Practical Approaches to Peptide Isolation

Peptides play a unique role in the development of new drug candidates and fill a specialized niche between traditional small molecule therapies and larger protein remedies. With higher efficacy, safety, and tolerability in humans as compared to small molecules, and with lower production complexity and cost than protein-based biopharmaceuticals, peptides are increasingly attractive as potential drug candidates1 targeting many medical conditions.1,2 Synthetic peptides may be used to study the structure-activity relationships between cellular substrates or be effective as drugs themselves. Whether peptides are made step-wise using solid-phase peptide synthesis3, solution phase synthesis, or isolated from naturally-occurring sources, almost all crude peptide mixtures are complex and require purification. Even though the synthesis reactions are carefully controlled, impurities are inevitably formed and may include deletions, truncations, or chemically-modified sequences including cleavage adducts or other by-products formed during processing.
Technological advances in analytical methodology made in recent years have also influenced the prevalence of peptides as diagnostics and emerging therapeutics.2 Analytical methods run on state-of-the-art instrumentation show improved sensitivity and higher resolution in a shorter amount of time, both of which lead to critical time savings during production.
Synthetic peptides offer unique challenges in the development of an isolation method. For future studies, purity and target peptide yield are critical factors which influence experimental results. As mentioned above, the number of impurities resulting from the synthesis, cleavage, and deprotection of a synthetic peptide may be quite large. The isolation of the peptide product can be improved by applying method development principles that are often associated with analytical HPLC. The separation mechanisms used to create a purification method at the larger preparative scale are the same as those principles that are utilized at the smaller scale. Column selection, choice of mobile-phase modifier, the use of temperature, and gradient optimization are choices that must be examined in the development of any separation method. Systematic method development for peptide isolations can improve the purity and yield of product significantly. While traditional peptide isolation is usually performed using UV-directed chromatography, using mass-directed isolation along with prudent method development, makes the purification process easier with improved discrimination between the target peptide and the contaminants formed during synthesis and cleavage.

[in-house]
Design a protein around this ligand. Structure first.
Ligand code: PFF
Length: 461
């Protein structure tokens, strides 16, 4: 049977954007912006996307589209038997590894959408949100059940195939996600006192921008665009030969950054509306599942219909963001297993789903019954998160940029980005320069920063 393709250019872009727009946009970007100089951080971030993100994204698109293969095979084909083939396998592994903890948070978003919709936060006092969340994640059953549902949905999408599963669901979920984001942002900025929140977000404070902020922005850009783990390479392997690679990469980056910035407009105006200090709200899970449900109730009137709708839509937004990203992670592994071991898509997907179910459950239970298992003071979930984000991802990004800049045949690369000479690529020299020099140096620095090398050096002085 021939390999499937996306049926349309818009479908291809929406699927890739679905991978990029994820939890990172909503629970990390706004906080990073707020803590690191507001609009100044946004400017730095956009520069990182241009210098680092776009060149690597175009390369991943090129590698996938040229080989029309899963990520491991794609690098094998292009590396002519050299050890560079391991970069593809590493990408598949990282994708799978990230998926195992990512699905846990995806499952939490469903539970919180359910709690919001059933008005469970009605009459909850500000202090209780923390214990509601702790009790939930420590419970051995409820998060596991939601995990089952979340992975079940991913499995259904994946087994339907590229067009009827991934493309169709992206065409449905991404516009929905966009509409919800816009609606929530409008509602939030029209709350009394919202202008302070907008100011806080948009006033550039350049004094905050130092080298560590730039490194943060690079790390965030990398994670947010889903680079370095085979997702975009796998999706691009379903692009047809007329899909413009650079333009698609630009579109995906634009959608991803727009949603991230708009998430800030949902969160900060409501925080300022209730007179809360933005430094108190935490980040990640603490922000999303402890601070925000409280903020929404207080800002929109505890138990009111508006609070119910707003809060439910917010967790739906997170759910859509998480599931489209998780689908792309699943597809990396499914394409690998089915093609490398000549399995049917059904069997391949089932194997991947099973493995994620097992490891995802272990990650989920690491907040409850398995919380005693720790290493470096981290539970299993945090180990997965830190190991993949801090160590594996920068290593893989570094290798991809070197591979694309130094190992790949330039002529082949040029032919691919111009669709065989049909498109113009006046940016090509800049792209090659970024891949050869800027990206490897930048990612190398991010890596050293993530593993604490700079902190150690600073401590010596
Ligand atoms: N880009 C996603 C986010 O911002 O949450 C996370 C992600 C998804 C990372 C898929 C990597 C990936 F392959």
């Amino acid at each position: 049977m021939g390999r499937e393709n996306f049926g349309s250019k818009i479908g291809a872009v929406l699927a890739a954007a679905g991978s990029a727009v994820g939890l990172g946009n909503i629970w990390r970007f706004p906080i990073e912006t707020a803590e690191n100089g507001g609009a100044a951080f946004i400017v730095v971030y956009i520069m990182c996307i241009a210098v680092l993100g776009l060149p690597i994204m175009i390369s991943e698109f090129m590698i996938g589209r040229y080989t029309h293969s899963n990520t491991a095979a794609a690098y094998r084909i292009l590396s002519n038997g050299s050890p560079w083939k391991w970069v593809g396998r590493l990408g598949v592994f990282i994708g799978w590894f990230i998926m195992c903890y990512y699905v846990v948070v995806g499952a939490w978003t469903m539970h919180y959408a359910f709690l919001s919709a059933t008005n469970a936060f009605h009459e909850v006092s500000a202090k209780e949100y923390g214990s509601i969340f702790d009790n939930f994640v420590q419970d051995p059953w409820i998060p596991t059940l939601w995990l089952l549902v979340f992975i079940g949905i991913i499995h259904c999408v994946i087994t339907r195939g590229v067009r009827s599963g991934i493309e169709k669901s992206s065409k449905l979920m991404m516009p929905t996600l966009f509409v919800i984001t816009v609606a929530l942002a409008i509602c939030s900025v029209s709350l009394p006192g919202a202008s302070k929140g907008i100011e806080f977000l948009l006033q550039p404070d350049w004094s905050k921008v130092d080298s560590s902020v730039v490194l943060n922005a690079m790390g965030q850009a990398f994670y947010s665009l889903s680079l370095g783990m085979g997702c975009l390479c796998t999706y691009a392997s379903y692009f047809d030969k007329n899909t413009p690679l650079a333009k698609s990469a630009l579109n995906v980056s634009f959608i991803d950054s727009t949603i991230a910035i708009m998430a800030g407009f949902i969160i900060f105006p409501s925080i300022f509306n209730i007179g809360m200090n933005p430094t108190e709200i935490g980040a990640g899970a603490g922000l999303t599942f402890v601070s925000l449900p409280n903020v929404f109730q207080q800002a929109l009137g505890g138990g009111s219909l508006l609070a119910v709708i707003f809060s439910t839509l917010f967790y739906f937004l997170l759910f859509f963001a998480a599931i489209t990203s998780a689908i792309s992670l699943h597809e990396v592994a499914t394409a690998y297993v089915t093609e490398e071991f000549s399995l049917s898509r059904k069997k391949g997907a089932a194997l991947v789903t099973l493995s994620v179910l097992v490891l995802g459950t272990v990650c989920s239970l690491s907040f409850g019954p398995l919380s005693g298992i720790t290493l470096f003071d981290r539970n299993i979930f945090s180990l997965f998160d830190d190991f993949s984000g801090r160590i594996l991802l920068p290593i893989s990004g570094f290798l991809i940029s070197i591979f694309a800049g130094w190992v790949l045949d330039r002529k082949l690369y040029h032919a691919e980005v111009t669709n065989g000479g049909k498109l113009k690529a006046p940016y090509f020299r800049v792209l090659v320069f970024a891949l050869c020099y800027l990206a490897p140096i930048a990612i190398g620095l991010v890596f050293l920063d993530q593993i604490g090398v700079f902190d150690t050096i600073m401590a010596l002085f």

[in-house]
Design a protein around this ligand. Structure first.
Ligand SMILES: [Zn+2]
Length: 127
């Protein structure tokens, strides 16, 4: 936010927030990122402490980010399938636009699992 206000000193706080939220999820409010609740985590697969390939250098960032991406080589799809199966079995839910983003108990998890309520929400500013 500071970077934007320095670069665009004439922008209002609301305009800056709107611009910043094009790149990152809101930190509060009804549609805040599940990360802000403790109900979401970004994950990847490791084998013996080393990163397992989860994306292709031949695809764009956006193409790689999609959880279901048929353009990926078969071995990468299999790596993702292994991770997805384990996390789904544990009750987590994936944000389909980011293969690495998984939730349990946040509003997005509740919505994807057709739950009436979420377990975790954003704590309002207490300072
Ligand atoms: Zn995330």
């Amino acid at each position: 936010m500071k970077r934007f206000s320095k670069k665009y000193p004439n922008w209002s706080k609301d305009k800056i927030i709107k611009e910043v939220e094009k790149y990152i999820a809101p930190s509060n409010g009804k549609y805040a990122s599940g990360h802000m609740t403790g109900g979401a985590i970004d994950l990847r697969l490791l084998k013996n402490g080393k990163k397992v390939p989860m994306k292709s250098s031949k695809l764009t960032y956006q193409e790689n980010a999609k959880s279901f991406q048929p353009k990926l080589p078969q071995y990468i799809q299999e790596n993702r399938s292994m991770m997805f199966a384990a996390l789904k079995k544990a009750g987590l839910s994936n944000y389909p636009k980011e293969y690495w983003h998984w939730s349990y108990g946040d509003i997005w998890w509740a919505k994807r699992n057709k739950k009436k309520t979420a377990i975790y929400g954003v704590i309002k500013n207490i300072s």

The goal of any isolation strategy is to purify as much sample in as little time as possible with the purity required to perform subsequent experiments. For the typical laboratory that synthesizes many different peptides, it is useful to establish a standard purification protocol that can be used for most samples, while permitting simple optimization when necessary. Changes in mobile-phase composition, modifier, or temperature on columns with consistent run-to-run performance eliminate the need to have multiple column sets for isolation. These economical options for improving yield and purity are straightforward and easy to implement. The optimal peptide purification process also utilizes robust instrumentation capable of executing isolations at a range of analytical and preparative scales. Merely changing the column to the appropriately-sized column diameter for the isolation on a versatile instrument with wide flow rate range makes purification efficient. All of these factors, considered together, can reduce the overall costs associated with peptide purification.

Peptide Isolation Workflow
A standard peptide isolation protocol (Figure 1) begins with defining how much pure peptide is required to perform ensuing experiments. Crude peptide analysis provides a reasonable estimate of sample purity, and combined with the defined amount of pure peptide required for later studies, the estimated mass load can be calculated. The mass load defines the prep column size and, in turn, the flow rate required on the selected LC instrument.
Figure 1: Peptide Isolation WorkflowFigure 1: Peptide Isolation Workflow.
Geometric scaling to a large column of the same chemistry for isolation follows crude peptide analysis. The scaling equations in Figure 2 show the relationships between column diameter, column length, mass loading, and flow rate for moving a separation from one column size to another. Expressing gradient slope as % change per column volume, instead of % change per unit time, assists in ensuring that resolution is preserved by delivering the same number of column volumes for each gradient method step from initial to final conditions. Preparative methods must include an initial hold at starting conditions to mimic the system delay, also expressed in number of column volumes, which is observed on the small scale separation.